I posted the following in the forums for actual play on the fantasy rules I'm working on, but...

1. I write a lot about design here... and
2. No one goes to my forums (although I'm working on that...)

So, I'm posting here too...


I have been struggling with the names of some abilities; for example, I like reason for the supers game as an ability, but I don’t like it as much for the fantasy game; I want lore to be a more common application, because I’m seeing this getting a lot of mileage in the fantasy game. Already, I can see at least one way the heroes could have used lore, and maybe 1-2 more it could have been helpful- and that was in one session of one real scene. It hit me today that maybe I could have it both ways... you use reason in supers gaming, and you use lore (for the same fundamental ability) in the fantasy game. You know when you crossover between editions (a dragon can show up in both places), you know going in that these two abilities are used in the same ways... a dragon uses lore, because that’s how dragons think, while Kang the Conquerer uses reason, even when he time travels into King Arthur’s Camelot. I’d have to make this clear in various versions of the game where both abilities of the game could appear, but it seems that only reason/lore and armor/invulnerability are going to run into this overlap; otherwise, you have no real problems here.

I have to layer this over my existing characters, changing Luthiria’s Reason +3 to Lore +3. I also want to change the dwarf’s race ability from a might bonus to an invulnerability bonus. Honestly, this was the way I had things set up in RTSR, but I forgot to look it up and just went with might from memory - which was wrong! I used might for trolls and armor/invulnerability for dwarves. I make those adjustments, and my heroes now look like this:

Luc’ the Leprechaun Rogue (10 CPs)
Armor +1; Backstab (free); Burglary +2; Evade +2; Intuition +1; Luck +1 (racial bonus); Prowess +2; Stealth +2; Weapons +2
Purpose: To accumulate great wealth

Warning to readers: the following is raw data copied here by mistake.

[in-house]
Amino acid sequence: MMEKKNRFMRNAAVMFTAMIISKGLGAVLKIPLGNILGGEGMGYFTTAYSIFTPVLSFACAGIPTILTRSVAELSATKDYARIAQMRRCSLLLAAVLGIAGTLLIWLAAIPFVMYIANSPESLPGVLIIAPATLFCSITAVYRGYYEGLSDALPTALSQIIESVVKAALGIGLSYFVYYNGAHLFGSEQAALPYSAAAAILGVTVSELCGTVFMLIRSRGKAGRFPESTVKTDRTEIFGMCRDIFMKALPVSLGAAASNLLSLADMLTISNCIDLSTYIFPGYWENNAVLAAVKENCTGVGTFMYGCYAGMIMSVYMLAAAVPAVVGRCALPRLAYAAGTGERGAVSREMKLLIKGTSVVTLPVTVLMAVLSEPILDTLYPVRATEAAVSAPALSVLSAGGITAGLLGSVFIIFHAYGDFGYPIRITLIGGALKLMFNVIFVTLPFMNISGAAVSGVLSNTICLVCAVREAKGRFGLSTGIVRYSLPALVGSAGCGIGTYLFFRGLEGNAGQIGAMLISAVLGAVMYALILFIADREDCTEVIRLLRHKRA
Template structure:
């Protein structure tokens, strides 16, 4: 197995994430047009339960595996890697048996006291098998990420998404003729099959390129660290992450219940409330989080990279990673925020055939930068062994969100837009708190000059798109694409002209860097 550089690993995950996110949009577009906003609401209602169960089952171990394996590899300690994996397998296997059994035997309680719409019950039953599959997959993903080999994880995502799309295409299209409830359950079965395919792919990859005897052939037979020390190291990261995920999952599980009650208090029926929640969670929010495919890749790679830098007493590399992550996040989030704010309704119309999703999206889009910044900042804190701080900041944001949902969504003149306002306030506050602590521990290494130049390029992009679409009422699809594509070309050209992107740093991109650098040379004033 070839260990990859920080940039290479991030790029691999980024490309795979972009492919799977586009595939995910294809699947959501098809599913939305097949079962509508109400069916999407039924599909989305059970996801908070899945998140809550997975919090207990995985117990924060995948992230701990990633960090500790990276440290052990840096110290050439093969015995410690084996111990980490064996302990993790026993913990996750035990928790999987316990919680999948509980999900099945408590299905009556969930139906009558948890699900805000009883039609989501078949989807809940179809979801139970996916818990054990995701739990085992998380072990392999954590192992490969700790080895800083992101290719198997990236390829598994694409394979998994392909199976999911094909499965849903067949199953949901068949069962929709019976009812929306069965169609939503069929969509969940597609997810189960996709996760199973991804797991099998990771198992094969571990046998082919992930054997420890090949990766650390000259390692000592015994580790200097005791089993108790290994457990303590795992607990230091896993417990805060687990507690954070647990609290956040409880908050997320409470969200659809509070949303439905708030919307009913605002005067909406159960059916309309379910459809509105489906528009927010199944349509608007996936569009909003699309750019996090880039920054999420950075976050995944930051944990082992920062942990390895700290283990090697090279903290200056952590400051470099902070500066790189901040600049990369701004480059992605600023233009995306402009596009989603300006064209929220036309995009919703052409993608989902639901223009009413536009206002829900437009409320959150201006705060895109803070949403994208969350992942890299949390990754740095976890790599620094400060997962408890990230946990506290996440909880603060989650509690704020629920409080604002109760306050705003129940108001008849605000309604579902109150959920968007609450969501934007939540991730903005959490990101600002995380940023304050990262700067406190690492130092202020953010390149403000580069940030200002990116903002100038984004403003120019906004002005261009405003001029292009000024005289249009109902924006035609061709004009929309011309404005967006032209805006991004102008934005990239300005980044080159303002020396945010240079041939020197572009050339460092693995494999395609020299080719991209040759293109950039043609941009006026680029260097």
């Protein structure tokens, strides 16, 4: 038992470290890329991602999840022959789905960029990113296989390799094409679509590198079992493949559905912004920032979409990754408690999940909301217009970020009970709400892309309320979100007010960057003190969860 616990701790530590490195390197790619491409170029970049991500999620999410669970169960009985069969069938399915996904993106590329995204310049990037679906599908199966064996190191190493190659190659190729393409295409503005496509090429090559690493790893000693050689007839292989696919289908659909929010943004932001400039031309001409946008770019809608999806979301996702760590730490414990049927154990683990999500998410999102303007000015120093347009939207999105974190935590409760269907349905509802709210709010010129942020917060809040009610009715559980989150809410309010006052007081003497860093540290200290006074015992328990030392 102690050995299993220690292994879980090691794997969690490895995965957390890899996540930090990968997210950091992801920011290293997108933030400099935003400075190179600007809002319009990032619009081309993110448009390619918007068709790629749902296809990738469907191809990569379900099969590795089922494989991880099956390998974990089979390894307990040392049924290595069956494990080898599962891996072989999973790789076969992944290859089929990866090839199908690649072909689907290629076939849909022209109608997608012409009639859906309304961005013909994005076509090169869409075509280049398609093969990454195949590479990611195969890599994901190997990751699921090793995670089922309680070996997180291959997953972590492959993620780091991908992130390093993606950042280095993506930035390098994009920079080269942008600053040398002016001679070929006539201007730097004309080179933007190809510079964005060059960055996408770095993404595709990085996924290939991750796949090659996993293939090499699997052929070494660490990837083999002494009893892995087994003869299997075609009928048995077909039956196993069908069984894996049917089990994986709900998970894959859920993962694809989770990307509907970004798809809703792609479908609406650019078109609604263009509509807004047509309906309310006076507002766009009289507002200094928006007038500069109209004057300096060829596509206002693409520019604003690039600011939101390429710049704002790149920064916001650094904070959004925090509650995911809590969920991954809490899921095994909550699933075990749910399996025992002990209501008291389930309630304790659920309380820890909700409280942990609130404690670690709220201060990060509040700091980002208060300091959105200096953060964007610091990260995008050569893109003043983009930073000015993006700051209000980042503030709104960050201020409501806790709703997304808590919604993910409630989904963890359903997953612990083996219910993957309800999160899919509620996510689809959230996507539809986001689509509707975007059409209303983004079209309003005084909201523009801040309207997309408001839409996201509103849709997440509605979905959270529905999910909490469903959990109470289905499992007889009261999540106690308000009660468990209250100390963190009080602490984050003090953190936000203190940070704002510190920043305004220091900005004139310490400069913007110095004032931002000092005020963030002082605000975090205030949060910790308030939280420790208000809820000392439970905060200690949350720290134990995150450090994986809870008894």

Limitation: His desire for treasure clouds his judgement (+2)
Gear: Short sword +2; short bow +2; leather armor +1; basic pack

Luthiria the Moon Elf Mage (10 CPs)
Arcane Bolt +3 (eldritch); Evade +2; Lore +3 (2 CPs; +1 racial shift); Resolve +2; Signature Spell (free: eldritch shield)
Purpose: To gather ancient lore
Limitation: She is tempted by power, and could pursue evil in search of power (+2)
Gear: Spell book; traveling staff; basic pack

Shard the Storm Dwarf Fighter (10 CPs)
Armor +3 (2 CPs; +1 racial shift); Might +3; Prowess +2; Resolve +2; Weapon Specialist Axes (free); Weapons +2
Purpose: To earn fame for his deeds in battle
Limitation: He is easily riled up and drawn into conflict (+2)
Gear: Studded armor +2; hand axe +2; javelin +2, basic pack

Sari the Chosen Human Cleric (10 CPs)
Armor +2; Healing (+2; linked to Resolve); Intuition +1; Prowess +2; Rebuke Unhallowed (free); Resolve +4 (4 CPs; +1 shift); Weapons +1
Purpose: To help others whenever possible
Limitation: She will never leave a friend behind, even to her own peril (+2)
Gear: Studded armor +2; club +1; sling +1; basic pack

This actually makes Shard a little less offensive and slightly more defensive, but actually fits for how he’s being used- he has to soak up all of that nasty damage. I almost want to make the dwarf ability a +1 shift to toughness for just this purpose; they simply have more wounds than other races. I’ll stick with the armor bonus for now, but I’ll keep the toughness bonus as an option out there for when I roll out the half-ogre race...

Back to designing my dungeon (which I also like quite a bit, too).

During construction, Vishan employed a company of twelve dwarven miners who were especially rowdy and especially hard-working. They worked hard and partied hard, but didn’t really care for interactions with other races, meaning that most of the people of the Crossing had no idea they even were there- they had their own tavern (that actually traveled with them- more about that in a moment). As they got near the end of their work, they were betrayed by Vishan, and he went to have them all killed- he succeeded with three of them, but the others managed to escape. Two simply died, one became a ghost who continues to haunt (sort of) the dungeon, and the other nine were inflicted with an unhallowed curse that would turn them into ghouls, however... they managed to retreat to their other-dimensional pocket realm containing their tavern. An unexpected benefit of this tavern (which they had no idea about) was that the tavern actually exists outside of the time stream, meaning that they do not age while within- and nothing progresses. Therefore, anything linked to time itself- for example, a poison that deals damage over time or regeneration that ticks every round- cease to function within the tavern. The dwarves are within minutes of becoming ghouls- as soon as they step back into the time stream. The tavern may be accessed with a special key (each of the twelve originally had a key, and all but one have been lost somewhere- I think the heroes already have one now!) I think it’s thematically perfect that the dwarf is the one to find the key. They’d want him to have it! There is at least one key hole on every dungeon level (and the bigger levels will have multiple keyholes; the dwarves would work for the day, pop open the door to their traveling tavern, and head in for the night).